Monday, March 8, 2010

Technique Files: Creating a comic/webcomic

Part 5: Finding the right visual balance while telling your story

Matt (the writer) and I (the artist) learned the hard way that it’s not always easy to agree on how much dialog and descriptive writing to use in a comic. When all else fails it helps to remember a simple rule for graphic-based stories – show, don’t tell. (This is also true for writing, by the way.)

However, depending on the sort of graphic story you’re planning to tell this can mean very different things. In shojo manga the emotion of the story is very important. Each page frequently has less words with more (and larger) images to better capture the emotionality of the moment.

Other styles of comics, like most superhero comics, have much more exposition and dialog per page. They will also have more panels per page with art that is relatively small.

In our web story, we used a hybrid form of shojo story-telling. This was a compromise that Matt and I made when we couldn’t agree on what style of story to tell. Shojo – with its larger images and more leisurely storytelling style? Or more western superhero – smaller panels/artwork, more exposition/dialog, and a faster storyline? It was a tough call that eventually led to our compromise, which, unfortunately, neither of us could ever completely get behind. So when working in collaboration, even with someone you work with very well, remember that compromises will sometimes need to be made.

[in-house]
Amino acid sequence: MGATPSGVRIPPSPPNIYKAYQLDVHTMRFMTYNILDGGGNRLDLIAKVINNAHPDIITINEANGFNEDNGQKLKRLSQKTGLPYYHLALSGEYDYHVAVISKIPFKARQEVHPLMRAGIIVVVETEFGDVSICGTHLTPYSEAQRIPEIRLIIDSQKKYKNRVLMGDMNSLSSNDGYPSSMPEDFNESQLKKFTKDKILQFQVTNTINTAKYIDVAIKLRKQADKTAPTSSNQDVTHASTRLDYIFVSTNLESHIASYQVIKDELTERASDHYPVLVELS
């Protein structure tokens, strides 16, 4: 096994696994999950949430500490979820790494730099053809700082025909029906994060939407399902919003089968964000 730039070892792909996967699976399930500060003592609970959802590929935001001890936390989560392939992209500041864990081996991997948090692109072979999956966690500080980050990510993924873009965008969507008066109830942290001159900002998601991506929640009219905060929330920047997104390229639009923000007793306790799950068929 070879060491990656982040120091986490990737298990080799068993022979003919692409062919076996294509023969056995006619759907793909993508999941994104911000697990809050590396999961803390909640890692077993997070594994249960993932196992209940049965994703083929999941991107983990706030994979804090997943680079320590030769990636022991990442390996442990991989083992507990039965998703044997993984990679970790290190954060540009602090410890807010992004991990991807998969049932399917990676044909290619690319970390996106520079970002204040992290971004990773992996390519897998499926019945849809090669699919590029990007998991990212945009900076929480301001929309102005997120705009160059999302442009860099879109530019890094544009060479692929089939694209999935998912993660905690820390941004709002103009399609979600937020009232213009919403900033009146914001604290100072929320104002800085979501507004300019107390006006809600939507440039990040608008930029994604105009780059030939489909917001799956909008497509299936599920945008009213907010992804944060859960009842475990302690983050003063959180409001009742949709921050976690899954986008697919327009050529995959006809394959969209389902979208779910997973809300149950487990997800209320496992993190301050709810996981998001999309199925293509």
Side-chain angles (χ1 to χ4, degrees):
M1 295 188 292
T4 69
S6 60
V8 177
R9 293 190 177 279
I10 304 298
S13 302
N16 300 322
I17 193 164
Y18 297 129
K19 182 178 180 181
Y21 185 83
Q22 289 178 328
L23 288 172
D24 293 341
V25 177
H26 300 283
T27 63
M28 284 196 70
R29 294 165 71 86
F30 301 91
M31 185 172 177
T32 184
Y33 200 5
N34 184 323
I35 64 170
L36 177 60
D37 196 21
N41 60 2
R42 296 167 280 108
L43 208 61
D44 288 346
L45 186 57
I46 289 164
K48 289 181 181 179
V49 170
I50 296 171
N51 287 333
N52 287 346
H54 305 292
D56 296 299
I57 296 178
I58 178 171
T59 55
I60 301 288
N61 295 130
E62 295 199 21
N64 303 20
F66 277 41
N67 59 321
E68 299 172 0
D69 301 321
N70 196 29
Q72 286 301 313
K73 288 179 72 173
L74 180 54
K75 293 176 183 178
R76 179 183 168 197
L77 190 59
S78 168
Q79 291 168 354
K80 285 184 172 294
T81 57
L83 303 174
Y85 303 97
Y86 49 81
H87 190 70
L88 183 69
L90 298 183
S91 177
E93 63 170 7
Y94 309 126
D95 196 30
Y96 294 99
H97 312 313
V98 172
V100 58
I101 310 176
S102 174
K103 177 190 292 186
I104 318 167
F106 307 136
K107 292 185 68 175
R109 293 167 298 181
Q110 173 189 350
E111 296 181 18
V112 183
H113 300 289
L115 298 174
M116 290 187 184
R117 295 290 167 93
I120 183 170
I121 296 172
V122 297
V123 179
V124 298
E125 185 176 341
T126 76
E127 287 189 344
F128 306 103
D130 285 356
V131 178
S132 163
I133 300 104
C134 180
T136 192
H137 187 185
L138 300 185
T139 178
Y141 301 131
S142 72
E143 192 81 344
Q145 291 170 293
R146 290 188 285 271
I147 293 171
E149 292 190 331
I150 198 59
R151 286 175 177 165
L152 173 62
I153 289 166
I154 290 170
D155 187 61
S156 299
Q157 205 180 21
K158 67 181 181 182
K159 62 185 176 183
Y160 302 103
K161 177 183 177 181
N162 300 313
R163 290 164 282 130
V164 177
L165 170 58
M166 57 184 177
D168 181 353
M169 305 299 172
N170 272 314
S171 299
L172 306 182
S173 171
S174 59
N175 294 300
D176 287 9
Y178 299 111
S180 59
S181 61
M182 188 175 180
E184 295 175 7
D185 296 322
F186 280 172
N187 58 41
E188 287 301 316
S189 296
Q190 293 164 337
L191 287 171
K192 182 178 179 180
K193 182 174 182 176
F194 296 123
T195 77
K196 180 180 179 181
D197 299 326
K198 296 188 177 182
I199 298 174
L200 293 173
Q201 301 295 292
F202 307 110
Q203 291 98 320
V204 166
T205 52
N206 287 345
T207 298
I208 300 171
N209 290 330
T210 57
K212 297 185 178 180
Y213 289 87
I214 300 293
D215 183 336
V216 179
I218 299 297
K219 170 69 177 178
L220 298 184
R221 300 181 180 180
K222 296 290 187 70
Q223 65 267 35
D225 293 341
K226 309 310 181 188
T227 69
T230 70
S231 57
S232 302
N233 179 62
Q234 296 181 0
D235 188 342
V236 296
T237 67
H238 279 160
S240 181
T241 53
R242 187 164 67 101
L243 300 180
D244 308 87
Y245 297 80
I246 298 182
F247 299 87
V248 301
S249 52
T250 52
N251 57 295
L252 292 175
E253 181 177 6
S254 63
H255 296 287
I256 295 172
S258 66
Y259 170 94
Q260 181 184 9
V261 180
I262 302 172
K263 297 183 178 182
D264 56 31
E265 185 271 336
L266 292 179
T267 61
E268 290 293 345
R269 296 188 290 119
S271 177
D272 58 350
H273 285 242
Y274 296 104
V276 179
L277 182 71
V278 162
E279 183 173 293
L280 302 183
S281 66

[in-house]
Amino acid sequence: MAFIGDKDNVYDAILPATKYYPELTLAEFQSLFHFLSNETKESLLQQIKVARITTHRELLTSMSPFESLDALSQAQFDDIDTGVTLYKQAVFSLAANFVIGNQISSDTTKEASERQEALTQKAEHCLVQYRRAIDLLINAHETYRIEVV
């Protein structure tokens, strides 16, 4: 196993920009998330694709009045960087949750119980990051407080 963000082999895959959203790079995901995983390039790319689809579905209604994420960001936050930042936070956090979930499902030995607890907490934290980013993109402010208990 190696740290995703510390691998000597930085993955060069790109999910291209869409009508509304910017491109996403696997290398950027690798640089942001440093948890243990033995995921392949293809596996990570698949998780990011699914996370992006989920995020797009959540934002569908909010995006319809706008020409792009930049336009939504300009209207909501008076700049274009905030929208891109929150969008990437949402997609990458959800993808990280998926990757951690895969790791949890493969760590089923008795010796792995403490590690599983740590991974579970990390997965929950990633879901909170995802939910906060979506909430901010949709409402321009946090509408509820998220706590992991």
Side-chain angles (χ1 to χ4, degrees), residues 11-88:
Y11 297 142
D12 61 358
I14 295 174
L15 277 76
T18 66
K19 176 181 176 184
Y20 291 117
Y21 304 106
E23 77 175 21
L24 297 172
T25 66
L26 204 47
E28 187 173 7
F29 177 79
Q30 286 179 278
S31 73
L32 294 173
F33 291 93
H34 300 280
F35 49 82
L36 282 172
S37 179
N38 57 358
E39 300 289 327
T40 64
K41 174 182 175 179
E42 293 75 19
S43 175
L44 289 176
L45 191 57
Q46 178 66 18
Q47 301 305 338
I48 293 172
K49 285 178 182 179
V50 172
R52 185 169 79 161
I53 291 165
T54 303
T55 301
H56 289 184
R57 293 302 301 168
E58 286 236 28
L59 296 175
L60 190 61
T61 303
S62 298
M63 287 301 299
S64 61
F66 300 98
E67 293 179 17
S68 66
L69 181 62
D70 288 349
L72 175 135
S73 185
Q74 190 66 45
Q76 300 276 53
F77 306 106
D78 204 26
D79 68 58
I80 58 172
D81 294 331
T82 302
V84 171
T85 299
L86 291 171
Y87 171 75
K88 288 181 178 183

Despite our disagreement over style, Matt and I did have an important storytelling rule that I'd like to share. One of the ways we checked how well our story was progressing was by making sure to change the scene or introduce a new element every sixth page. That way readers wouldn’t feel like they were stuck in the same room with the same people for too long and get bored. This rule wasn’t always easy to follow but we felt it was really important. 

Next up: Creating characters.

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